Prince Hall Freemasonry derives from historical events which led to a tradition of separate predominantly African-American Freemasonry in North America. It consists of independent Grand Lodges, which are considered regular by the United Grand Lodge of England. Prince Hall was born in 1735 and was a tireless abolitionist and a leader of the free black community in Boston. Hall tried to gain New England's enslaved and free blacks a place in some of the most crucial spheres of society, Freemasonry, education and the military. He is considered the founder of ``Black Freemasonry'' in the United States, known today as Prince Hall Freemasonry. Prince Hall formed the African Grand Lodge of North America.

On March 6, 1775, Prince Hall was made a Master Mason in Irish Constitution Military Lodge No. 441, along with fourteen other African Americans: Cyrus Johnston, Bueston Slinger, Prince Rees, John Canton, Peter Freeman, Benjamin Tiler, Duff Ruform, Thomas Santerson, Prince Rayden, Cato Speain, Boston Smith, Peter Best, Forten Horward, and Richard Titley, all of whom apparently were free by birth. Prince Hall was unanimously elected its Grand Master and served until his death in 1807. Most Worshipful Grand Master Prince Hall is considered the first black community activist of his time, who made many appearances before the Boston City Council and Massachusetts Colony Legislature. Prince Hall had a passion for learning and education and operated a school in the basement of his home. He also lobbied tirelessly for education rights for black children and a back-to-Africa movement. Many historians regard Prince Hall as one of the more prominent African American leaders throughout the early national-period of the United States.

The Prince Hall Lodge, formerly known as the African Lodge is the oldest fraternal organization in the country and has been a leading influence in the lives of black men in America. During the abolitionist movement, African American churches and the Prince Hall Lodges emerged at the forefront of the struggle. As stated by Most Worshipful Grand Master Reverend Dr. Gregory R. Smith, ``In essence, and more often than not, members and church members were one and the same. This was the case with both Lattion, who was the First Worshipful Master of Boyer Lodge and a member of Mother African Methodist Episcopal Zion Church, and James Varrick, the first Bishop of the African Methodist Episcopal Zion Church and charter member of the Boyer Lodge.''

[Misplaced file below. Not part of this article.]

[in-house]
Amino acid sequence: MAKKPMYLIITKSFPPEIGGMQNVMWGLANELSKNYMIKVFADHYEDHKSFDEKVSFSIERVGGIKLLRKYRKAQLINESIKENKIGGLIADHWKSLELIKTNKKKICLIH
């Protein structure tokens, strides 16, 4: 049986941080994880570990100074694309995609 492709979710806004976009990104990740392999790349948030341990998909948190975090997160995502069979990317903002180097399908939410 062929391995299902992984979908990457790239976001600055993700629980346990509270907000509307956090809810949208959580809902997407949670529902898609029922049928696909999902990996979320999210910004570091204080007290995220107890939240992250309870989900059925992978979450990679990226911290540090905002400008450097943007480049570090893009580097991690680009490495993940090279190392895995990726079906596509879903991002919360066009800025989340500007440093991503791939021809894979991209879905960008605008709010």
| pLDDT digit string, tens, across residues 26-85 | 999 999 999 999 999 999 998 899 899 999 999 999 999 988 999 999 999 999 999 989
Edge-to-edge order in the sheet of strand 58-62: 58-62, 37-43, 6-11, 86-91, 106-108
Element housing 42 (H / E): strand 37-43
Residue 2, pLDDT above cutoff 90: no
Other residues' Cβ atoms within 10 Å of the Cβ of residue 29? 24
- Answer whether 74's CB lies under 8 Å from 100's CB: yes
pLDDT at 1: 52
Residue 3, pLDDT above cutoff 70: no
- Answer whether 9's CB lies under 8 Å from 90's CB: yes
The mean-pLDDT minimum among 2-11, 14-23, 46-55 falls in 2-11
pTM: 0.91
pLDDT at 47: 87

Both the church, particularly the Mother AME Zion Church, formerly known as the ``Freedom Church'' and the Masons played prominent roles in the Underground Railroad. Many Masons were captains and conductors on the Railroad and Mother Zion earned its ``Freedom Church'' name by being one of the major stops on this complex network, which contributed to the freedom of more than 100,000 slaves. Today, the Mother AME Zion Church is the oldest existing African American institution in New York--and Boyer Lodge is the oldest lodge in the Prince Hall fraternity and the third oldest African American institution in New York State.

Mr. Speaker, let me join my fellow brethren and a very grateful nation as we celebrate during National Black History Month, the 200th Anniversary of Boyer Lodge No. 1, the first established Lodge of the Most Worshipful Prince Hall Grand Lodge of Free and Accepted Masons. Let me congratulate and recognize Worshipful Master Carlo Smith-Ramsay, leader of Boyer Lodge No. 1 and our 55th Grand Master of the Most Worshipful Prince Hall Grand Lodge of Free and Accepted Masons of the State of New York, Most Worshipful Reverend Dr. Gregory Robeson Smith, 33 deg., EdD, DMin, MBA, MDiv.